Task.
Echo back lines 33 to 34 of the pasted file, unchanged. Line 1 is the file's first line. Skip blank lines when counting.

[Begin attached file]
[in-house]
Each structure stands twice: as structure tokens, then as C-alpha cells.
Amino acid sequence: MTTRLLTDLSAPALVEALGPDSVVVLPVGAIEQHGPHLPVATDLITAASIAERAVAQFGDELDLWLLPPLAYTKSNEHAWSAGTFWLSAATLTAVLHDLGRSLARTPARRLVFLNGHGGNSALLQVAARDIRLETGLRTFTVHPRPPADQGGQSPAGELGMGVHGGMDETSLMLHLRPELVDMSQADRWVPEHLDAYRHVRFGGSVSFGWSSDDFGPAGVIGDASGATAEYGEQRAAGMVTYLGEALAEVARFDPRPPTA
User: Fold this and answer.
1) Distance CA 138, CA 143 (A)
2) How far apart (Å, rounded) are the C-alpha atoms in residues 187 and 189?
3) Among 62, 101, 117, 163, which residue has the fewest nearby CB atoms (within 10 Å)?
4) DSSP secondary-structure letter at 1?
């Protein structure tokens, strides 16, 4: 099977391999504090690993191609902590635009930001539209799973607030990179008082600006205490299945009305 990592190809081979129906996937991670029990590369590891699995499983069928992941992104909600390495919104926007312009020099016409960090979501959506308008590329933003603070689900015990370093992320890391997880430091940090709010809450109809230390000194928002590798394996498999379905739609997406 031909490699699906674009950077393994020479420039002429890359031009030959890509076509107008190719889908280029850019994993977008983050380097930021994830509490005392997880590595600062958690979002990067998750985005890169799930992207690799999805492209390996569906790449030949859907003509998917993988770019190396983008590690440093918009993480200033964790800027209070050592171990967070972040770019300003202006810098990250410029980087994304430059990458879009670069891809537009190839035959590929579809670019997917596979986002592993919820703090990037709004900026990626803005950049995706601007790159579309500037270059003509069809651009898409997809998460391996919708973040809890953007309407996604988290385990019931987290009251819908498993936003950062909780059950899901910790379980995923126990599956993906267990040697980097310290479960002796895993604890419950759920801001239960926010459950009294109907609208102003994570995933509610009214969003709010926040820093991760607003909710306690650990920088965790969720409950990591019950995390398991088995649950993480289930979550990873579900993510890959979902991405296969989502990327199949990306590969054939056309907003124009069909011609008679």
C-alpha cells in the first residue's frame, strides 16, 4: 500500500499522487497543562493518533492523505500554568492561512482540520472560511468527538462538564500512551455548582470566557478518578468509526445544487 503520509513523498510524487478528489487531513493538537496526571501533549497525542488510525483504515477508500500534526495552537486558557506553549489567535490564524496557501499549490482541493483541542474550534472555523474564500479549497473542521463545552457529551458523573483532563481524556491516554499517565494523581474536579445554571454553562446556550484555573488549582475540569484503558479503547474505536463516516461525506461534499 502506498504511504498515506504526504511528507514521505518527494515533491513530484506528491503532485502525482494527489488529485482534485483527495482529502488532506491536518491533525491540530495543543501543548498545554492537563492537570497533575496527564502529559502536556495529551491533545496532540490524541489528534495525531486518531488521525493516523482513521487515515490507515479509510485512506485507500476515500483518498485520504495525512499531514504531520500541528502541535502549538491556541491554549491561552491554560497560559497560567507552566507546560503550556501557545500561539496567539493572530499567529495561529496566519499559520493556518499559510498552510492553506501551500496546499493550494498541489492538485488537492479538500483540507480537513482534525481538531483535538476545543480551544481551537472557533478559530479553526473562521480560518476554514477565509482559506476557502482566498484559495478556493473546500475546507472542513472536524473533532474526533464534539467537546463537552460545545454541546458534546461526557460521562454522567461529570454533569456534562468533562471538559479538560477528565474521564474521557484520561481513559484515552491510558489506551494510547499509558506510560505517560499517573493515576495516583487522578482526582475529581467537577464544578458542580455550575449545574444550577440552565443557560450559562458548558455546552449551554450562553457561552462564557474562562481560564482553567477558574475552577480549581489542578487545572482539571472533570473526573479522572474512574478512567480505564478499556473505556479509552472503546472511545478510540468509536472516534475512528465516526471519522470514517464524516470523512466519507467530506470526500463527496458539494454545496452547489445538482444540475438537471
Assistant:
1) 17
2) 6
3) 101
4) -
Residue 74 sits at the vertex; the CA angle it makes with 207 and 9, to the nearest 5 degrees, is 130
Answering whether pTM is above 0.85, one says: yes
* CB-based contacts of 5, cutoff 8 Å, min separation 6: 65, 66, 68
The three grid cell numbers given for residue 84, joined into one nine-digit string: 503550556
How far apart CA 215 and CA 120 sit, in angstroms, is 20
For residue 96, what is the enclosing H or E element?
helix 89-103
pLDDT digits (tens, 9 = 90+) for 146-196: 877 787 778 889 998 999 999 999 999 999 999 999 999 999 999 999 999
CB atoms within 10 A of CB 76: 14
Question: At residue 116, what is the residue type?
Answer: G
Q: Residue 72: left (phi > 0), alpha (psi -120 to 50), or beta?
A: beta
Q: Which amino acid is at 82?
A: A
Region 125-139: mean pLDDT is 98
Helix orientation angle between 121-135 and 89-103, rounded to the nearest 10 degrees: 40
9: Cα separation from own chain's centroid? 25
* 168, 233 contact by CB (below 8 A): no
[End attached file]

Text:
9: Cα separation from own chain's centroid? 25
* 168, 233 contact by CB (below 8 A): no